FEDERAL COURT OF AUSTRALIA
NSD 1853 of 2016
Date of judgment:
Date of publication of reasons:
22 May 2017
Federal Court Rules 2011 (Cth) r 10.49
Convention on the Service Abroad of Judicial and Extrajudicial Documents in Civil or Commercial Matters. Opened for signature 15 November 1965. 658 UNTS 163 Arts 8, 10. (entered into force 1 November 2010)
New South Wales
National Practice Area:
Commercial and Corporations
Commercial Contracts, Banking, Finance and Insurance
Number of paragraphs:
Solicitor for the Applicant:
William Roberts Lawyers
Counsel for the Respondent:
The respondent did not appear
DATE OF ORDER:
THE COURT ORDERS THAT:
1. Pursuant to r 10.49(c) of the Federal Court Rules 2011 (Cth), the amended originating application, amended statement of claim and affidavits of Mr Brian Silva sworn on 19 October 2016 and 30 January 2017 be taken to have been served on the respondent by email on 29 April 2017.
2. On or before 15 June 2017, the respondent file and serve any defence.
3. The proceeding be listed for a further case management hearing at 9:30am on 19 June 2017.
4. On or before 5:00pm AEST on 15 May 2017, the applicant send a copy of these orders to the respondent by email at email@example.com.
Note: Entry of orders is dealt with in Rule 39.32 of the Federal Court Rules 2011.
1 On Friday 12 May 2017, I made orders in chambers providing for the substituted service of Vincent Brian Richards of the amended originating application, amended statement of claim and affidavits of Mr Brian Silva sworn 19 October 2016 and 30 January 2017. These orders were made pursuant to r 10.49(c) of the Federal Court Rules 2011 (Cth).
2 The matter concerns a claim by the insurer, the applicant, seeking declarations that it validly refused to pay claims made by Mr Richards pursuant to s 56(1) of the Insurance Contracts Act 1984 (Cth), that the contract was validly cancelled by the applicant in October 2016 or, in the alternative, that the contract has been validly terminated by the applicant. Damages for breach of contract are also sought and, in the alternative to those damages, judgment for the sum of $37,629.92 being moneys had and received (that is an order in restitution) for moneys paid under a mistake of fact.
3 The long and short of the claim as set out in the particulars is that Mr Richards claimed moneys and was paid moneys on the basis that he was totally and permanently incapacitated when he was not so incapacitated. It is said that various claims were made for payment (and moneys were paid thereupon) fraudulently by Mr Richards.
4 Mr Richards is now overseas. When the proceedings commenced, it appeared that he was in Latvia and in communication with the applicant. The applicant sought to serve the proceedings by use of the Convention on the Service Abroad of Judicial and Extrajudicial Documents in Civil or Commercial Matters done at The Hague on 15 November 1965 (the Convention).
5 On the basis of the evidence led in the affidavits of Mr Silva, there is a prima facie case that Mr Richards was not incapacitated in the way that he was required to be to receive moneys under the policy, and that there is prima facie evidence supporting the claims made in the statement of claim.
6 Latvia has declared that it is opposed to service of a document under Art 8 of the Convention unless the document is to be served upon a national of the state in which the document originates. The evidence is equivocal as to whether the respondent is a national of Australia. In the evidence, it is equivocal as to whether Mr Richards is a citizen or a permanent resident as at 2002, he having been born in the UK. He has made statements to investigators about links to Australia and coming from Australia and there is also correspondence before the Court indicating that he was seeking to become a permanent resident of Latvia.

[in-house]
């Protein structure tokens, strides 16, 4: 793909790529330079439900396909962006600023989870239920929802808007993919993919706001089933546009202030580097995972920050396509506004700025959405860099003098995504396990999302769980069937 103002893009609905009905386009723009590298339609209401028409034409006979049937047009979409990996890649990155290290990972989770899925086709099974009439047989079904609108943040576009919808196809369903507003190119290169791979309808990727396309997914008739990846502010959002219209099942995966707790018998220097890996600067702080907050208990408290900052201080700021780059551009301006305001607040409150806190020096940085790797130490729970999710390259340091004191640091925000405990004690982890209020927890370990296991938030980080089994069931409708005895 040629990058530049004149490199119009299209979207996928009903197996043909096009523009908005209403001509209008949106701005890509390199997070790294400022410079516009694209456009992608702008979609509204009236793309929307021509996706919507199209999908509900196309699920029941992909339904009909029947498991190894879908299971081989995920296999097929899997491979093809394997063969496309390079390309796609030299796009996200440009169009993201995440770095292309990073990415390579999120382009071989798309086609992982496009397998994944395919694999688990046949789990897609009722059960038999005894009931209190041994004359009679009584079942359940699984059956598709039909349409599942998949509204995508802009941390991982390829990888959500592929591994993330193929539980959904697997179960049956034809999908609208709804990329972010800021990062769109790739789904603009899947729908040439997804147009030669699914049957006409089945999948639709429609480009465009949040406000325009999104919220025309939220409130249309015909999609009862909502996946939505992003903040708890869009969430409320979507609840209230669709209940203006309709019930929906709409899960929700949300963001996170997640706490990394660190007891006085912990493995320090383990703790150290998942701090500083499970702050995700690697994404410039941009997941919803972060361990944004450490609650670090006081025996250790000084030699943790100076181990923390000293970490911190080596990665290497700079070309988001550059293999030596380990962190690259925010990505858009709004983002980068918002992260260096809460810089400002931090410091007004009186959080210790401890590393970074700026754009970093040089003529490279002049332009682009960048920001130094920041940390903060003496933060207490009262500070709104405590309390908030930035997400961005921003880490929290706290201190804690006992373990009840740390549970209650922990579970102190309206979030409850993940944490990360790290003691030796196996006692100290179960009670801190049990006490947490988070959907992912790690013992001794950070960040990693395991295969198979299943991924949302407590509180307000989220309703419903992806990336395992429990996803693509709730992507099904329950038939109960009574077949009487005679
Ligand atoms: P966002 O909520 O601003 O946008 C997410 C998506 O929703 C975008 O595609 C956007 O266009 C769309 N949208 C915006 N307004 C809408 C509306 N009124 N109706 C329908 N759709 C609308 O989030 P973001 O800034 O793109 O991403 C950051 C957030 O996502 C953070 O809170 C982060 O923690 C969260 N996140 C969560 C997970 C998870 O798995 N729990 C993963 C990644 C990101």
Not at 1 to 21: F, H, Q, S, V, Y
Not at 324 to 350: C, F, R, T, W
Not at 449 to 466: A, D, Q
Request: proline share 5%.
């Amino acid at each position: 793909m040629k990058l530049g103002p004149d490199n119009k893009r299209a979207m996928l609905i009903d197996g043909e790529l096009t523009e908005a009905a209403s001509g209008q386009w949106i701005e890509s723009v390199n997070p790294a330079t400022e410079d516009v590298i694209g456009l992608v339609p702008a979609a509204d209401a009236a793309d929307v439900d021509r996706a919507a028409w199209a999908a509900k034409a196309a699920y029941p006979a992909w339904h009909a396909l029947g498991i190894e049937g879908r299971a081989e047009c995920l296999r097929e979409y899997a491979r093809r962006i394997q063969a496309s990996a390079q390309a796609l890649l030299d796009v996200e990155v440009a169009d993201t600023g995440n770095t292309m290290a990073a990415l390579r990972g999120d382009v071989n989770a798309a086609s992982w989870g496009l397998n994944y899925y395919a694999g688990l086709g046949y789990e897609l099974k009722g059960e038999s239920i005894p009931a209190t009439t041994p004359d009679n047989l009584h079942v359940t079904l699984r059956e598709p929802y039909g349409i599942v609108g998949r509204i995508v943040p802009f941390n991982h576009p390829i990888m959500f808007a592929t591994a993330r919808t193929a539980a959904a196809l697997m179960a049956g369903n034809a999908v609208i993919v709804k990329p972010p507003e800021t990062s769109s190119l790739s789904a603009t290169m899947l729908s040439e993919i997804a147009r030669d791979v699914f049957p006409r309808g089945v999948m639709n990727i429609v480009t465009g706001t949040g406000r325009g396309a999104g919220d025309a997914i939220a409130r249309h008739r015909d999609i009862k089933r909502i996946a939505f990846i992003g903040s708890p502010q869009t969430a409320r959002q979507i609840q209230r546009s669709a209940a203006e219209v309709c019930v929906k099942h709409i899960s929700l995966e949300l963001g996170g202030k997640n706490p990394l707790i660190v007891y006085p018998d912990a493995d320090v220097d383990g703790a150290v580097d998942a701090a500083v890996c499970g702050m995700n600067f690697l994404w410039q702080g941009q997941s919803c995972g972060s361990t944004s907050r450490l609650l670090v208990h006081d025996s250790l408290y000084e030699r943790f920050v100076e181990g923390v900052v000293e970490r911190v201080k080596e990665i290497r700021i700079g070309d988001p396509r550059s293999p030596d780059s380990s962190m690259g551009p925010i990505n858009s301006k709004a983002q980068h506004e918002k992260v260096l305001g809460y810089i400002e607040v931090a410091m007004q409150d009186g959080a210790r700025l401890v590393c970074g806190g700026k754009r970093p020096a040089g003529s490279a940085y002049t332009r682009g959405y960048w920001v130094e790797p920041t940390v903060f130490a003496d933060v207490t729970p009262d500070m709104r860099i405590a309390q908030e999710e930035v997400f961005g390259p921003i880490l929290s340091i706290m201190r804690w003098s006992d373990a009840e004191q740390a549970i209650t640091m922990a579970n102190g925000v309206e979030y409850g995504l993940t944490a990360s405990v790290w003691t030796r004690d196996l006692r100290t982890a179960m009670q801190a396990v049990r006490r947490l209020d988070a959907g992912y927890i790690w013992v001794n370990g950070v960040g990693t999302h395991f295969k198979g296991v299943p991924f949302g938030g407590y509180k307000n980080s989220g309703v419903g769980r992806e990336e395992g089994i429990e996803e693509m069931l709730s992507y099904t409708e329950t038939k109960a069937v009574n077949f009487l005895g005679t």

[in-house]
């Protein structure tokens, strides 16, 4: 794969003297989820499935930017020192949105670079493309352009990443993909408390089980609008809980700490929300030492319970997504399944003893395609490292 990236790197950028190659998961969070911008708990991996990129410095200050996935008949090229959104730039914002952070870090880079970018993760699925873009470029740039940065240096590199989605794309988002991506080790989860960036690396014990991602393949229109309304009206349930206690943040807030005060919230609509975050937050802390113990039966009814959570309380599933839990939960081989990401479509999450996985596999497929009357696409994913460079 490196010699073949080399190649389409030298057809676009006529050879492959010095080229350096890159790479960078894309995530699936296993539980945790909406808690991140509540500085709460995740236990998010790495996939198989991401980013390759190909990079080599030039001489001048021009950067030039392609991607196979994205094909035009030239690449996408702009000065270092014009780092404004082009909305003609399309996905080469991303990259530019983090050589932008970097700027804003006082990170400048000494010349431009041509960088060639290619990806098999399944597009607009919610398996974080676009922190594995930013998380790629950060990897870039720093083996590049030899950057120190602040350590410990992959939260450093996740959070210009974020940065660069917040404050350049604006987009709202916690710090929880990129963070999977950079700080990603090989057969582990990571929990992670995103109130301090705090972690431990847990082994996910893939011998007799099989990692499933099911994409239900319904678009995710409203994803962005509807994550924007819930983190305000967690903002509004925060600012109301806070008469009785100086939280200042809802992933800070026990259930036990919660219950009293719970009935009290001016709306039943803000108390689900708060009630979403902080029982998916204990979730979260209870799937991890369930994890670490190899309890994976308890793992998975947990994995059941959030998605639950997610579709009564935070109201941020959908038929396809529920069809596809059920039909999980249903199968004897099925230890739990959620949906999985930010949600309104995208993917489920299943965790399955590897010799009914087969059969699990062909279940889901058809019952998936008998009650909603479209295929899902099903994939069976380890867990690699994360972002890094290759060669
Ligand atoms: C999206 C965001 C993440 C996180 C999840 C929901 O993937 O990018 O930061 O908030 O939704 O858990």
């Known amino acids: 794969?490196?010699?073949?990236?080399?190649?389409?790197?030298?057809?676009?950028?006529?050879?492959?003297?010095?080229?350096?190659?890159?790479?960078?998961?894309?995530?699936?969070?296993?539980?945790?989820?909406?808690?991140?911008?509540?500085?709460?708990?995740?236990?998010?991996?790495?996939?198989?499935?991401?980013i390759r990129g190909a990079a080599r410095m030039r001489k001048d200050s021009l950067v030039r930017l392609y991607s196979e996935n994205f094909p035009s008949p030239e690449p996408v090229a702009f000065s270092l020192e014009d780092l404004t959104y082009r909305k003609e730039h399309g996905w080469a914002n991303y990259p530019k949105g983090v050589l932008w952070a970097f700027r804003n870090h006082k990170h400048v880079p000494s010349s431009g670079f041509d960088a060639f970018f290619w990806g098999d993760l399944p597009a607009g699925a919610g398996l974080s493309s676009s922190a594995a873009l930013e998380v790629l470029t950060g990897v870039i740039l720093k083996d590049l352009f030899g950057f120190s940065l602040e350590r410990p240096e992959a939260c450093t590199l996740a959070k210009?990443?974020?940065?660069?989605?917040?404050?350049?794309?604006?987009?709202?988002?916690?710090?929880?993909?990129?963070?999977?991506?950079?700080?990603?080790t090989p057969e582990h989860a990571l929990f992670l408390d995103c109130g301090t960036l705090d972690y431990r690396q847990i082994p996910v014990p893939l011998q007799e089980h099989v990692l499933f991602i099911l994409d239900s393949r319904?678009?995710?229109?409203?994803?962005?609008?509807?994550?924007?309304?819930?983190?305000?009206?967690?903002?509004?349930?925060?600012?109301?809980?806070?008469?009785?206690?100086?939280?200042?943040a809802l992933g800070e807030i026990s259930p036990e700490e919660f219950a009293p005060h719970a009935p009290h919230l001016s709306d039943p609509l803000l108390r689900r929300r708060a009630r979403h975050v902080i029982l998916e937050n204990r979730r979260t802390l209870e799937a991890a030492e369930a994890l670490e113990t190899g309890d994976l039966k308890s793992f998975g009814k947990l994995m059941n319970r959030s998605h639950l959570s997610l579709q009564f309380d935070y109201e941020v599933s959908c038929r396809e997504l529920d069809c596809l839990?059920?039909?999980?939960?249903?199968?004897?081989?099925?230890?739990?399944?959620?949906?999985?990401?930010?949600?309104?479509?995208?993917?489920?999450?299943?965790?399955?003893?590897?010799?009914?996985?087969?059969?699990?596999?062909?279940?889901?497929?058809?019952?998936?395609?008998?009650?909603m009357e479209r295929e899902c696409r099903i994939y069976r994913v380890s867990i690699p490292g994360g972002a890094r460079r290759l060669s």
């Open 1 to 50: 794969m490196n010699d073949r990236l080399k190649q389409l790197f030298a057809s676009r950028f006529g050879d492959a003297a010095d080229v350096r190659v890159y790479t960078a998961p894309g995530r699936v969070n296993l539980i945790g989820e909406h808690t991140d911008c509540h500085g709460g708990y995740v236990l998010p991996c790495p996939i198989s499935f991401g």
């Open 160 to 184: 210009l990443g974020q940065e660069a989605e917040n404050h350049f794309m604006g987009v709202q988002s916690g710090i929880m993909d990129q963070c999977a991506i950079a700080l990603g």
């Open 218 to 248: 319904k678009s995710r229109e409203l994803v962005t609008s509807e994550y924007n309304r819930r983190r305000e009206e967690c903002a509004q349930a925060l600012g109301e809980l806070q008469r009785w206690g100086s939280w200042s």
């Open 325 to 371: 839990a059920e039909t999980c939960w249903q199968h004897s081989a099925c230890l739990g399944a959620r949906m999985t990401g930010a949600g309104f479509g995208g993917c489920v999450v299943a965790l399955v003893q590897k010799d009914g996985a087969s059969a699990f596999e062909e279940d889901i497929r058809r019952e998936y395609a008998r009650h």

7 In the light of this evidence, I was not satisfied at the second case management hearing in February as to service in accordance with Art 8 of the Convention. Latvia does not object to Art 10(a) of the Convention, being the freedom to send a judicial document by postal channels directly to an addressee within the Republic of Latvia if the document to be served is in Latvian, or it is accompanied by a translation into Latvian, and it is sent to the addressee using a registered postal letter with an acknowledgment of receipt.
8 The applicant then sought leave to effect service on the respondent in accordance with Art 10(a) of the Convention. I gave that leave: see AIA Australia Ltd v Richards  FCA 84.
9 In early May 2017, the applicant indicated to the Court that it was unable to serve the respondent by international registered post in Latvia. The respondent himself requested that the documents be sent to him by email which the applicant did: see the affidavit of Mr Silva, sworn 28 April 2017.
10 On 26 April 2017, the email system provided a delivery receipt in respect of the emails which served the amended application and amended statement of claim together with the affidavits of Mr Silva, but it did not provide a read receipt. The applicant has, however, notified the Court that on 29 April 2017 the respondent responded to each email and confirmed that he had received them. Those documents have been placed before the Court.
11 I am satisfied that the respondent has received the emails containing the amended originating application, amended statement of claim and affidavits of Mr Silva of 19 October 2016 and 30 January 2017, being the documents setting out the prima facie evidence of the case and the claim itself. I am satisfied that he received them by a manner which he requested and that he is able to understand the commencement of the suit in Australia against him.
12 In these circumstances, I was prepared to make the orders on Friday, 12 May 2017.